China Dissident Jailed For 42 Months Over Daughter's Schooling

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china-zhang-lin-zhang-anni-1000.jpg Zhang Lin (L) and his daughter Zhang Anni (R) in an undated photo.
Photo courtesy of the Zhang family

Authorities in the eastern Chinese province of Anhui on Friday handed a three-and-a-half-year jail term to a prominent dissident over a protest against his daughter's removal from school because of his activism.

Zhang Lin, a veteran member of the banned opposition China Democracy Party (CDP), was sentenced by the Bengshan District People's Court in Anhui's Bengbu city for "gathering a crowd to disrupt public order" at a demonstration in April 2013, at which dozens of people protested an elementary school for preventing his 10-year-old daughter Zhang Anni from attending class.

"At around 10.00 a.m., I called the judge in Zhang Lin's case...and he said the sentenced had been passed of three years and six months," Zhang's lawyer Liu Xiaoyuan, who is currently in the Xinjiang regional capital Urumqi on another high-profile case, told RFA on Friday.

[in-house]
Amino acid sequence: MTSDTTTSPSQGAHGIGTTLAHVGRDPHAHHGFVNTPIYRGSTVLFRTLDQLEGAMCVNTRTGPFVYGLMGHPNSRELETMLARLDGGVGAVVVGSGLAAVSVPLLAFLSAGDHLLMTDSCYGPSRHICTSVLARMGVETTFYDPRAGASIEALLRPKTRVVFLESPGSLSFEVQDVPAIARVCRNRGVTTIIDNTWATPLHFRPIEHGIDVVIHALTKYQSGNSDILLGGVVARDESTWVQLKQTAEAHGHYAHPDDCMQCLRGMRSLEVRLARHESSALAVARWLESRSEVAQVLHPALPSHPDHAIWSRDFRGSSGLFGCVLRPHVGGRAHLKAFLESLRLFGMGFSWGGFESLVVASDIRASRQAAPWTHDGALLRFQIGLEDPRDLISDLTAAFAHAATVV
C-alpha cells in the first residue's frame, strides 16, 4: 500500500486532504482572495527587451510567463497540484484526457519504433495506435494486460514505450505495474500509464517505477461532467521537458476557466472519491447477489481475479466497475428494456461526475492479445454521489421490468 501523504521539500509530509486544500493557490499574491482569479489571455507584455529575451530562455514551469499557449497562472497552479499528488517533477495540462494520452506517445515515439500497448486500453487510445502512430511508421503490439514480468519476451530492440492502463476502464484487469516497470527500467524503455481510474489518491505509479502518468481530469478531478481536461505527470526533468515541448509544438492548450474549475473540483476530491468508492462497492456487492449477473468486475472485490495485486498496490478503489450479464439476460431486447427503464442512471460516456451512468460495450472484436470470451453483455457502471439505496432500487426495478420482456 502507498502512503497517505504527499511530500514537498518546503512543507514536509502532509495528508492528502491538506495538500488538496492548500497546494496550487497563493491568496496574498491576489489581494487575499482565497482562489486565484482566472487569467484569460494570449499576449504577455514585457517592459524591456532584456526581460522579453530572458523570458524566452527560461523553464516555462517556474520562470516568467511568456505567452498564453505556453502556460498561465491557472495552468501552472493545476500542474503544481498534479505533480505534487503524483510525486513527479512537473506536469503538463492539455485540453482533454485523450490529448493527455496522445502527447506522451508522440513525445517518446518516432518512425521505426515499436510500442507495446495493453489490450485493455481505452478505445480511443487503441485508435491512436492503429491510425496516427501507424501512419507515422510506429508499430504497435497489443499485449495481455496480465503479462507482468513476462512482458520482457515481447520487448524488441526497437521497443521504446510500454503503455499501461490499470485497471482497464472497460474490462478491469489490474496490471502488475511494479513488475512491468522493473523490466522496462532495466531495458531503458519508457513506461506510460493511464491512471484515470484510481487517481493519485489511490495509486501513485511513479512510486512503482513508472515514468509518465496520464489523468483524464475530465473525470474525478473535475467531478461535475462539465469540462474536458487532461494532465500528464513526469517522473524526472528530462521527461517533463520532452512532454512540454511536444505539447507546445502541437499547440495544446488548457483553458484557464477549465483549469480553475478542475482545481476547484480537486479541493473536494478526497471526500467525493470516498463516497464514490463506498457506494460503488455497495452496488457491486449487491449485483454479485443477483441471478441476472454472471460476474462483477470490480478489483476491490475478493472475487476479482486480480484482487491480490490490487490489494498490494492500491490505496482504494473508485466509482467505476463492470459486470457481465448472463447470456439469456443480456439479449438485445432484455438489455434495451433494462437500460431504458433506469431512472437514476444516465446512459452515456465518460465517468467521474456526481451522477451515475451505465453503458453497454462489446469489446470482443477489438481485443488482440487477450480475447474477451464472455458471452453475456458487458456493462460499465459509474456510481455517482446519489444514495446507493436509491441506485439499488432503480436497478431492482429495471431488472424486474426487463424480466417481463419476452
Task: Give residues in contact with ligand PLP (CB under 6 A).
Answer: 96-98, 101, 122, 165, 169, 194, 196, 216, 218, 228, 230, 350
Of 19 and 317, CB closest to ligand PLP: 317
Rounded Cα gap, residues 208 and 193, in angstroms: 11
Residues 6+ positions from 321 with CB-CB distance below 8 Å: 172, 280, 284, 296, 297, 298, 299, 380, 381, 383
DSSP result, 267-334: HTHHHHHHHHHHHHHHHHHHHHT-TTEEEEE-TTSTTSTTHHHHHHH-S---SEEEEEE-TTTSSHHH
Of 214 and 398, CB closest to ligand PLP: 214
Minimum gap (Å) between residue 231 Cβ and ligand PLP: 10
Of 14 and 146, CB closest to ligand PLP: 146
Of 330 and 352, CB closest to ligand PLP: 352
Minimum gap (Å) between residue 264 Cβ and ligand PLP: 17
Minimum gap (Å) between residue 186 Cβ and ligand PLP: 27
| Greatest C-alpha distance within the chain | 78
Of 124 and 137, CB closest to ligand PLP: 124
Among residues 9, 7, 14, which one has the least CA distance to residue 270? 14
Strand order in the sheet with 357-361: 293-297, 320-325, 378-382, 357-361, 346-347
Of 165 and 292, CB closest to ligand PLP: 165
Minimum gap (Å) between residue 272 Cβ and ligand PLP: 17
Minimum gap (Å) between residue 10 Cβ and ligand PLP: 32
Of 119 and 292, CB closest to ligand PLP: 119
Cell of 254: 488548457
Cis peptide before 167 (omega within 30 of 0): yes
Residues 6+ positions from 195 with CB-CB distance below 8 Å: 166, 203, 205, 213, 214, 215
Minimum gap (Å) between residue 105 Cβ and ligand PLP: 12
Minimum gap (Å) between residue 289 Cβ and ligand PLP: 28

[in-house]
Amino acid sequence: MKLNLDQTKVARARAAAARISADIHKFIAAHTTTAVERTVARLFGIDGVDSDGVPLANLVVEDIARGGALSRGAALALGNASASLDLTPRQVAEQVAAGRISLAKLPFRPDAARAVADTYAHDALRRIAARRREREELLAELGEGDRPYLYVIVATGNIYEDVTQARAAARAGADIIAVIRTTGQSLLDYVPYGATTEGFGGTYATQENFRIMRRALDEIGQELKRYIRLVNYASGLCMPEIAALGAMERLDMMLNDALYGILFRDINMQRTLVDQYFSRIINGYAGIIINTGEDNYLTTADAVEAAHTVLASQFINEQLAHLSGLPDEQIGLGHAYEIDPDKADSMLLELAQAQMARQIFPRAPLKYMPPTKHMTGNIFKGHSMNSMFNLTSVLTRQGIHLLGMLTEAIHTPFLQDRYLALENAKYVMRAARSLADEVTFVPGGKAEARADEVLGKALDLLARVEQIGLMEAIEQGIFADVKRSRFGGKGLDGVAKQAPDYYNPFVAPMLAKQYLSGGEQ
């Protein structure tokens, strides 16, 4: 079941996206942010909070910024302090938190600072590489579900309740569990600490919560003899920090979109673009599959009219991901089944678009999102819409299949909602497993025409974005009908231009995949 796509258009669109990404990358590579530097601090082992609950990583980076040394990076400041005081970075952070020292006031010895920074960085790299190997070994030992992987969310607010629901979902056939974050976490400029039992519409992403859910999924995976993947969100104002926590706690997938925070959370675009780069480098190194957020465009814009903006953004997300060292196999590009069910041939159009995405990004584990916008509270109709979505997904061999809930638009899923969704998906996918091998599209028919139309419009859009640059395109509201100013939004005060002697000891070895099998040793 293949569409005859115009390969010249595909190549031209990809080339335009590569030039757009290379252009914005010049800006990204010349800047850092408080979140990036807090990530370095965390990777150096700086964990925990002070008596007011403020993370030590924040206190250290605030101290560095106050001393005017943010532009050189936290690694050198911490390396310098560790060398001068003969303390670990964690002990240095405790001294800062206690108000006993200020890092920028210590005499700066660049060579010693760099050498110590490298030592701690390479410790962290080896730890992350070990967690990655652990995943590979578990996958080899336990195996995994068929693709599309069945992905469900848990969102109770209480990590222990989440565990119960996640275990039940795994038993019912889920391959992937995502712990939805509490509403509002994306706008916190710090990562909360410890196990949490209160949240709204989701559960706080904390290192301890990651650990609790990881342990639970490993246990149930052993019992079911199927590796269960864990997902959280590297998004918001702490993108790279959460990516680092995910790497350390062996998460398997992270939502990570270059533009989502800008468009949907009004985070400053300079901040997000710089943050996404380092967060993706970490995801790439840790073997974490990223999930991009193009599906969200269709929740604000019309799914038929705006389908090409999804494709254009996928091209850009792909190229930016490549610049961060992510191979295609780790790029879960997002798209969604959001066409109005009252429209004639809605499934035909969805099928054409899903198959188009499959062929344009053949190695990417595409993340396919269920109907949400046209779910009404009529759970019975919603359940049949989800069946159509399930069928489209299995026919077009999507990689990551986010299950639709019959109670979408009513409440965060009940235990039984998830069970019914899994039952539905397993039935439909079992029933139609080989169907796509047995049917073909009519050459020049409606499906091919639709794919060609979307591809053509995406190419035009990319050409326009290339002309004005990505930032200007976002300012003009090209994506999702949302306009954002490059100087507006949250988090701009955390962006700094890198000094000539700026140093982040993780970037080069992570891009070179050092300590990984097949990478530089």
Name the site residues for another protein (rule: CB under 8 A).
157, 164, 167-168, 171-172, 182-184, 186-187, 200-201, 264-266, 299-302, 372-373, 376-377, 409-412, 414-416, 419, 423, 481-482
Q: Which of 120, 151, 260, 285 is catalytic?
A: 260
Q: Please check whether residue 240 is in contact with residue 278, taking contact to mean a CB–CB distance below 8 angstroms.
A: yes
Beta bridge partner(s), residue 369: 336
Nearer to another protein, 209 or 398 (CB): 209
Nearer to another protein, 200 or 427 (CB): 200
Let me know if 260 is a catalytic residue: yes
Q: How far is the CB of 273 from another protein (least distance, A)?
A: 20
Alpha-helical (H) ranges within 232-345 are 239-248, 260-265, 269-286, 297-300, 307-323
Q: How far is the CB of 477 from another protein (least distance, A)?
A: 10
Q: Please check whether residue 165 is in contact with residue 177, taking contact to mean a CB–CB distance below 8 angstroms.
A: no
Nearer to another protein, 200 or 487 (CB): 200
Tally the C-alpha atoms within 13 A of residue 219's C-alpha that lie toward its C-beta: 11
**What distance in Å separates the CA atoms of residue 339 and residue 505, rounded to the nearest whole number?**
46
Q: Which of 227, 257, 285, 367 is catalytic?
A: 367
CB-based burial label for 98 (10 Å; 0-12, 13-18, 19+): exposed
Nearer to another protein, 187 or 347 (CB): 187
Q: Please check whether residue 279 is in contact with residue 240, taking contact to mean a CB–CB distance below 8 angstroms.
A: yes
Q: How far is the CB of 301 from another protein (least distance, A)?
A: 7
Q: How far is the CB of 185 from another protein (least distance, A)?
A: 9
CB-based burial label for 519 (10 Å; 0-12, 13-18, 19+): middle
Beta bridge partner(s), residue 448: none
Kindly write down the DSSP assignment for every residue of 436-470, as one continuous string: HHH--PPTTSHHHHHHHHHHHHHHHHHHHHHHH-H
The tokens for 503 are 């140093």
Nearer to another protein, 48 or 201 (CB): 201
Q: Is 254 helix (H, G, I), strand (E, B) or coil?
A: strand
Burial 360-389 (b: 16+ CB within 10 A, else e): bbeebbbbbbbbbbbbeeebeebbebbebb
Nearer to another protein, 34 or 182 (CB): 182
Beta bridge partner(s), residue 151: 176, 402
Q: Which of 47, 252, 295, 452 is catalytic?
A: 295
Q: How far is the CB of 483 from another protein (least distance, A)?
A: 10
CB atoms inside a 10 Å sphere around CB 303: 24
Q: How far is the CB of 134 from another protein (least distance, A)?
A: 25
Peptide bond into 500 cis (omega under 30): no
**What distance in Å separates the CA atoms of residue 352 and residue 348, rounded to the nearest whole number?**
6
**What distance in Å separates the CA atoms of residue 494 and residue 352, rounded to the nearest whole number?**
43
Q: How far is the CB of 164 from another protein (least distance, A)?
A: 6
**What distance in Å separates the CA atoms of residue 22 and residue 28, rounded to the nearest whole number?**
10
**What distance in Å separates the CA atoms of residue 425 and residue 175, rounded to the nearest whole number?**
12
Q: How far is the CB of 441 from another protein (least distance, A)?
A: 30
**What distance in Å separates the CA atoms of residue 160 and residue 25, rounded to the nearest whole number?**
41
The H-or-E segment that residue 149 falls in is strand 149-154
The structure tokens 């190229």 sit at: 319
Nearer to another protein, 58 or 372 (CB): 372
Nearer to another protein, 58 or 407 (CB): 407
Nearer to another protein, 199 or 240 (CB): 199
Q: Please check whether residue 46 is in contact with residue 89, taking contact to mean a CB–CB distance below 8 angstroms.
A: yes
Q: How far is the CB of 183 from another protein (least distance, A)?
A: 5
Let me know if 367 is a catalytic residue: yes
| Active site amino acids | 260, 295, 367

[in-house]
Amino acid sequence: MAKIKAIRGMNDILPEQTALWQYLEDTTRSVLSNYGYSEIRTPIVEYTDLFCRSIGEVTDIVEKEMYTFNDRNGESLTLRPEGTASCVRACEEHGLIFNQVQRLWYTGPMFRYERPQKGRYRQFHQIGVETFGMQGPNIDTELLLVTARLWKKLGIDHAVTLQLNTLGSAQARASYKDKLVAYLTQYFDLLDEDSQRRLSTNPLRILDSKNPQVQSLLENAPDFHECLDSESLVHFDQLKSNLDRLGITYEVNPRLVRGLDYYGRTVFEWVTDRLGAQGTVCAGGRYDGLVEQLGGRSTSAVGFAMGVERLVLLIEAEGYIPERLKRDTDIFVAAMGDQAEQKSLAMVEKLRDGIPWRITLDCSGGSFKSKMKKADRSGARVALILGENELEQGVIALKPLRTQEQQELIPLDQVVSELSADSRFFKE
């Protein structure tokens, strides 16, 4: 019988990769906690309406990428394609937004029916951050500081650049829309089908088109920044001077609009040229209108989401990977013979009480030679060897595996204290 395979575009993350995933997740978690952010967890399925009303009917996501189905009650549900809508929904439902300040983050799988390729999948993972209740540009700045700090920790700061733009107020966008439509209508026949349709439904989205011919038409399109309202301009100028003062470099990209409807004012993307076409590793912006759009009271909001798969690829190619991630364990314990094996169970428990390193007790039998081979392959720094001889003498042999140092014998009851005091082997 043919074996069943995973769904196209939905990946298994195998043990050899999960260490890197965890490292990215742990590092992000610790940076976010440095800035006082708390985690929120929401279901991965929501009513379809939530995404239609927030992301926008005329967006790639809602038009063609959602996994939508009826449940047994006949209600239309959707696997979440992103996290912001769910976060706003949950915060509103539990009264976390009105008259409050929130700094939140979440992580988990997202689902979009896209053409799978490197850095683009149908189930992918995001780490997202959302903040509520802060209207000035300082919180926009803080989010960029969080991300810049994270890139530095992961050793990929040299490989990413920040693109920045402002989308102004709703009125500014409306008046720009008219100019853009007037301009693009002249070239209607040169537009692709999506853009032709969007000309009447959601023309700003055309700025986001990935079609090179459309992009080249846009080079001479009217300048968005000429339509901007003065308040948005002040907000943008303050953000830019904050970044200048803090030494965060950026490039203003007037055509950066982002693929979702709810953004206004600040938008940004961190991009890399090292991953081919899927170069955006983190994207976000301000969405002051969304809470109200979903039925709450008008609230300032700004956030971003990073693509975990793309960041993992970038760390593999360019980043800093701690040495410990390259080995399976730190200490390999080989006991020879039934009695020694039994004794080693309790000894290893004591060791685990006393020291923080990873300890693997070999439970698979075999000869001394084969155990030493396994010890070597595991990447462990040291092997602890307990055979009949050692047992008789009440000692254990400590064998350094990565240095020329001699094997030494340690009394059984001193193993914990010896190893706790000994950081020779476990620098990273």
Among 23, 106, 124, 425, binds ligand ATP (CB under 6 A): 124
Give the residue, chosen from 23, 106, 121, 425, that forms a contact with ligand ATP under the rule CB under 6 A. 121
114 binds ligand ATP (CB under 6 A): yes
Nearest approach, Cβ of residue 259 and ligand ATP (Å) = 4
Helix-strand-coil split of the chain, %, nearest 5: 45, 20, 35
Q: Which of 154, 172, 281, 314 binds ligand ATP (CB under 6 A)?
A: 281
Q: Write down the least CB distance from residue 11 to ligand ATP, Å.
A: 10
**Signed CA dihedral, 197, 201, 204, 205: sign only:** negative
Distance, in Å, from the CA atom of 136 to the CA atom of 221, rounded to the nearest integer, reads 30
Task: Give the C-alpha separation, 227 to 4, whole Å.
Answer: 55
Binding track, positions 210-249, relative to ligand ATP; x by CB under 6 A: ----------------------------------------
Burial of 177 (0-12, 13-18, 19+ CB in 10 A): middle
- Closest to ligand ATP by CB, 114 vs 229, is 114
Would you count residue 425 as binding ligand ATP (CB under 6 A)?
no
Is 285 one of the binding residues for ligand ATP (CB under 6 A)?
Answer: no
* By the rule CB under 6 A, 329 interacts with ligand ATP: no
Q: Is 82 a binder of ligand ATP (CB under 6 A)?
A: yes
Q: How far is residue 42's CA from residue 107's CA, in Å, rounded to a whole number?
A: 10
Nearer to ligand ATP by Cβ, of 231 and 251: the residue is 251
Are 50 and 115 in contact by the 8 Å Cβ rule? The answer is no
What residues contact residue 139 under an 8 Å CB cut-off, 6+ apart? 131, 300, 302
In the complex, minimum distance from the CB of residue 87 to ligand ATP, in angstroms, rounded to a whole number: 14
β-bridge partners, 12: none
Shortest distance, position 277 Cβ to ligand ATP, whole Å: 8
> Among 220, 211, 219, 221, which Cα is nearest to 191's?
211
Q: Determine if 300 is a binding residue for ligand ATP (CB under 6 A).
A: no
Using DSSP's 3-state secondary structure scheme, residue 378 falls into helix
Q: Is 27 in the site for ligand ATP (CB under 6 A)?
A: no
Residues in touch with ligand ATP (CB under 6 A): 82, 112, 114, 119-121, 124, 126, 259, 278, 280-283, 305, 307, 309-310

"When I heard this, I told them they'd gone crazy," Liu said. "I really hadn't expected them to hand down such a heavy sentence."

He said Zhang's case had been delayed three times and delayed for more than a year already.

"And yet they still sentence him to three-and-a-half years," Liu said.

"This judgement is ridiculous," he added. "I think it's because the authorities have been cracking down on dissent, and street protests in particular, since last year."